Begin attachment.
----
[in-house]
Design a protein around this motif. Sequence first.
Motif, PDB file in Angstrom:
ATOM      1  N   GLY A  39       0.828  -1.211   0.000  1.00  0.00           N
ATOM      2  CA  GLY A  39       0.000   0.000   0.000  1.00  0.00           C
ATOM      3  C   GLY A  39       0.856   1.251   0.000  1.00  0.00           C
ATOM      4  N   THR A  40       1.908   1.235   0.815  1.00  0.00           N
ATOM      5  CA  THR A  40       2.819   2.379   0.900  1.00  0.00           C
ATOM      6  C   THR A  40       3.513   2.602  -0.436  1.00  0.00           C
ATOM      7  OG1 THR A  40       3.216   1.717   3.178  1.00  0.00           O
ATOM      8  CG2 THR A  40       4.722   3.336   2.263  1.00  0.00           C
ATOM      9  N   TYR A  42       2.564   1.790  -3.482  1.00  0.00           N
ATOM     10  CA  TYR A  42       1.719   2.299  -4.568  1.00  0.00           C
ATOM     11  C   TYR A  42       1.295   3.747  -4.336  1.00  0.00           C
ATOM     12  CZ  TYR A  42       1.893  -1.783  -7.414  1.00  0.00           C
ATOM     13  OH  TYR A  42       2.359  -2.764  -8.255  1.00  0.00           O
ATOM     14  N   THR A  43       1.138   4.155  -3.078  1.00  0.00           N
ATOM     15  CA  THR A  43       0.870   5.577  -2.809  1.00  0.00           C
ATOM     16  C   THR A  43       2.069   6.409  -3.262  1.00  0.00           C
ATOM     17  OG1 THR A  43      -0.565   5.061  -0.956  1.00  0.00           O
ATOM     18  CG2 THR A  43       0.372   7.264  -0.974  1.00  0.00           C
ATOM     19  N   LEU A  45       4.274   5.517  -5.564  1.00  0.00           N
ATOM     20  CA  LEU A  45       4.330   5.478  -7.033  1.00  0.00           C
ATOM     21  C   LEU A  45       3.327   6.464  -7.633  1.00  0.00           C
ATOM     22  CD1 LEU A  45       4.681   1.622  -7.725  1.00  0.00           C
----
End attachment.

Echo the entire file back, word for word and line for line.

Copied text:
[in-house]
Design a protein around this motif. Sequence first.
Motif, PDB file in Angstrom:
ATOM      1  N   GLY A  39       0.828  -1.211   0.000  1.00  0.00           N
ATOM      2  CA  GLY A  39       0.000   0.000   0.000  1.00  0.00           C
ATOM      3  C   GLY A  39       0.856   1.251   0.000  1.00  0.00           C
ATOM      4  N   THR A  40       1.908   1.235   0.815  1.00  0.00           N
ATOM      5  CA  THR A  40       2.819   2.379   0.900  1.00  0.00           C
ATOM      6  C   THR A  40       3.513   2.602  -0.436  1.00  0.00           C
ATOM      7  OG1 THR A  40       3.216   1.717   3.178  1.00  0.00           O
ATOM      8  CG2 THR A  40       4.722   3.336   2.263  1.00  0.00           C
ATOM      9  N   TYR A  42       2.564   1.790  -3.482  1.00  0.00           N
ATOM     10  CA  TYR A  42       1.719   2.299  -4.568  1.00  0.00           C
ATOM     11  C   TYR A  42       1.295   3.747  -4.336  1.00  0.00           C
ATOM     12  CZ  TYR A  42       1.893  -1.783  -7.414  1.00  0.00           C
ATOM     13  OH  TYR A  42       2.359  -2.764  -8.255  1.00  0.00           O
ATOM     14  N   THR A  43       1.138   4.155  -3.078  1.00  0.00           N
ATOM     15  CA  THR A  43       0.870   5.577  -2.809  1.00  0.00           C
ATOM     16  C   THR A  43       2.069   6.409  -3.262  1.00  0.00           C
ATOM     17  OG1 THR A  43      -0.565   5.061  -0.956  1.00  0.00           O
ATOM     18  CG2 THR A  43       0.372   7.264  -0.974  1.00  0.00           C
ATOM     19  N   LEU A  45       4.274   5.517  -5.564  1.00  0.00           N
ATOM     20  CA  LEU A  45       4.330   5.478  -7.033  1.00  0.00           C
ATOM     21  C   LEU A  45       3.327   6.464  -7.633  1.00  0.00           C
ATOM     22  CD1 LEU A  45       4.681   1.622  -7.725  1.00  0.00           C